Curriculum mapping
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Curriculum Mapping. What is curriculum mapping?. A procedure to present an overview of the learning experiences in the classroom Not what ‘ought’ to be happening, but what ‘is’ happening. What’s on the map?. Three types of data Content taught Processes and skills emphasized

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Curriculum Mapping

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Curriculum mapping

Curriculum Mapping


What is curriculum mapping

What is curriculum mapping?

  • A procedure to present an overview of the learning experiences in the classroom

    • Not what ‘ought’ to be happening, but what ‘is’ happening


What s on the map

What’s on the map?

  • Three types of data

    • Content taught

    • Processes and skills emphasized

    • Nature of assessment the student produces as evidence


Step by step

Step by step

  • Identify the primary skills to be learned

    • What content needs to accompany the skill teaching?

    • How do you match content to the established standards/competencies?

      • NASPE, NCATE, NATA


Step by step1

Step by Step

  • Using a computer, outline content and skills on a month by month calendar

  • Identify essential questions that examine what students should investigate and know in the short time with you

    • This is the heart of the curriculum rather than the periphery

    • Rather than state a behavioral objective, a question can be written to examine key concepts

      • “Why is one teaching style no better than another?”

      • “Why is physical education in the schools needed now more than ever?”

    • The essential questions are included in the content column


Essential questions

Essential Questions

  • Questions may drive your scope and sequence

    • Due to limited time, it is as important to decide what not to teach as what to teach

      • Choose the essential

  • Essential questions organize the curricular experience by setting the range and parameters of a course of study

    • A logical pattern should be organized on the calendar


Criteria for writing essential questions

Criteria for writing essential questions

  • Questions should be in broad, organizing terms

    • Like a heading in a table of contents; more umbrella-like

      • What are the major benefits of participation in health related fitness activities?

      • What are the symptoms that indicate an ACL tear?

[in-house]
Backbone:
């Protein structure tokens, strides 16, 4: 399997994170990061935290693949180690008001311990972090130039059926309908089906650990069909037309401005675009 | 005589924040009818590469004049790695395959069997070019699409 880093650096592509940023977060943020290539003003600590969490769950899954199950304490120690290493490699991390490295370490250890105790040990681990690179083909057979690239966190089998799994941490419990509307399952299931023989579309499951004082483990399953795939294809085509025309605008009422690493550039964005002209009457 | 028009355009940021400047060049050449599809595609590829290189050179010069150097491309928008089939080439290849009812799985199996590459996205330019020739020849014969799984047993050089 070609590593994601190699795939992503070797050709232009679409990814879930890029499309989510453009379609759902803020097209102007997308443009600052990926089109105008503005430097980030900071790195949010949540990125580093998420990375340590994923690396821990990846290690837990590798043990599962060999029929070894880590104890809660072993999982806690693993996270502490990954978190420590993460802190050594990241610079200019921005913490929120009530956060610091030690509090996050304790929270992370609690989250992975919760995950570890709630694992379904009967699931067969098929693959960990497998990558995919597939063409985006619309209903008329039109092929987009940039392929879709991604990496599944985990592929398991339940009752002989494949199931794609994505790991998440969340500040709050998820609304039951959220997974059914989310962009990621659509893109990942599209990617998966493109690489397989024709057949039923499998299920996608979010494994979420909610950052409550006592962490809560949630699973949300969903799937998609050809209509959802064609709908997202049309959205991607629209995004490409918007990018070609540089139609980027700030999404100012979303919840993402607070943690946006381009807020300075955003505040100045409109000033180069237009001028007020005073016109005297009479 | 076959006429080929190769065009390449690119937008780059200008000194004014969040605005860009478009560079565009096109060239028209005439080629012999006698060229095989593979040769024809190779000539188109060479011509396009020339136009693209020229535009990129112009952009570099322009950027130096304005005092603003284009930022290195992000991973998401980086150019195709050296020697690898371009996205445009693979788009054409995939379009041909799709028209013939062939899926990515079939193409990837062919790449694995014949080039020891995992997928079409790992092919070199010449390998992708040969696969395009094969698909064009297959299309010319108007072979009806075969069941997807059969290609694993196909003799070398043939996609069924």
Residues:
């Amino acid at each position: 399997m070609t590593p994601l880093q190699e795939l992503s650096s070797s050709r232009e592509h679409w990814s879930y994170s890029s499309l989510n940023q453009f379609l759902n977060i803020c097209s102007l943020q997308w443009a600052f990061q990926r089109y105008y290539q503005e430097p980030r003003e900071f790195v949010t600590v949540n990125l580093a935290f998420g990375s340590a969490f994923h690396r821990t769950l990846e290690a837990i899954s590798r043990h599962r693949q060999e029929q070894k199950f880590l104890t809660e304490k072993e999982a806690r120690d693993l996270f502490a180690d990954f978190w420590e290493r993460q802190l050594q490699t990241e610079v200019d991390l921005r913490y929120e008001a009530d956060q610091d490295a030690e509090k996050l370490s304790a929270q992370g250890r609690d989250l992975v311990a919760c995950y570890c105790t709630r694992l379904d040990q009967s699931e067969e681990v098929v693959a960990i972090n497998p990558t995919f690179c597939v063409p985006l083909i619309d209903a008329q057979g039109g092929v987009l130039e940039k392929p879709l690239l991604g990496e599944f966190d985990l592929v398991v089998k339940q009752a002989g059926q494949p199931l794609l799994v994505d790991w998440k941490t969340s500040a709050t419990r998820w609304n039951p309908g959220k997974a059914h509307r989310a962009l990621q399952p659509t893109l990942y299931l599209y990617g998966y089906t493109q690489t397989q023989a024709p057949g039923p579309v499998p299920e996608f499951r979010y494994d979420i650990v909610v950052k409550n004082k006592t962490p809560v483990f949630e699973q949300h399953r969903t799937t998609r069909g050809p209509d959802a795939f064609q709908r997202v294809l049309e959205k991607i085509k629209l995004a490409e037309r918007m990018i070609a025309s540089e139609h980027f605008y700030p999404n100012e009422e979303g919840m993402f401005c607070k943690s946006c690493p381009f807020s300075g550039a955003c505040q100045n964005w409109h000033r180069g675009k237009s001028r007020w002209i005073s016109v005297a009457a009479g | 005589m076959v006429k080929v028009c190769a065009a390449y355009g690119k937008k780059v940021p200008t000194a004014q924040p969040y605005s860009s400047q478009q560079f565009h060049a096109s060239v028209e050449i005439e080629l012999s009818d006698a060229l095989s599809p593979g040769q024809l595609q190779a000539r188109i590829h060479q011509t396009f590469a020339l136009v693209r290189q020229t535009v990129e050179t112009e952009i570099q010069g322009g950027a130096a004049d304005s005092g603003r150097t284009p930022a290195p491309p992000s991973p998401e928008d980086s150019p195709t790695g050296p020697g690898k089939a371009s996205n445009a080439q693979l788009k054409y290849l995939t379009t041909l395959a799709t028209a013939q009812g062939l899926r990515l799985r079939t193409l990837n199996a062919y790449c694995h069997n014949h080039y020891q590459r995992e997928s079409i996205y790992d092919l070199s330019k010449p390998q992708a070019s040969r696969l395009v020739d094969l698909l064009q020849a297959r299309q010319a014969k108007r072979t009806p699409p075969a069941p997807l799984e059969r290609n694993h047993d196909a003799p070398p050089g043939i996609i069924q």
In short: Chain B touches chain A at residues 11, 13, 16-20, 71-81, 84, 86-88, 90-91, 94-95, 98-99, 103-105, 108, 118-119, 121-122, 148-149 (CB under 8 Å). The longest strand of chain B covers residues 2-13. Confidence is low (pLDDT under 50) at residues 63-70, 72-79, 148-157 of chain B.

• Questions point to the essence of your conceptual priorities


Good questions

Good Questions

  • A question should engage learners in powerful experiences that may extend beyond one lesson

  • Be sure your sequence of questions are distinct, not repetitious

  • Questions should be realistic to the amount of time available

  • Questions should build on previous content


Skills identification

Skills identification

  • Consider the action/knowledge that accompanies the content and essential questions that were generated

    • What are the major benefits of participation in health related fitness activities?

      • What skills might be taught to emphasize the content question?

    • What are the symptoms of an ACL tear?

      • What should students know and be able to do?


Generating developmental assessment

Generating Developmental Assessment

  • Repetition in assessment is often noticed across K-12 instruction

    • Using standards and benchmarks, align authentic assessment that reflects movement on the taxonomies towards advanced work

  • The review of maps should indicate a spiraling nature of the learner’s experiences over time

    • Level of student learning should match the type of work expected


Assessment

Assessment

  • Mapping of assessments can alert the instructor to gaps in programmatic experiences

    • Read-throughs first by the instructor of record than by ‘external’ reviewers outside of the program are important

      • Other eyes need to reflect on the alignment of content, skills and assessment


The editorial process

The Editorial Process

  • A peer reads through once to gain information

    • Look for repetitions, gaps, meaningful assessments, match to standards

    • Highlight areas for future examination; avoid making suggestions

    • Peer works alone on first read through


Editorial process

Editorial Process

  • Mixed group review sessions

    • Typically a group who doesn’t work together for more objective analysis

  • Report of small group is reported to large group where findings are posted

    • Findings should be posted for further review

    • Decide whether next process is in large group or instructional groups


Editorial process1

Editorial Process

  • Faculty sift through data and look for points that may be changed immediately

    • Glaring repetitions

    • Gaps

    • Assessments that do not align

  • Determine points needing long term research and development

    • Major areas should be given to a site-based curriculum group to consider potential solutions\

  • Keep the review process on-going rather than every certain number of years


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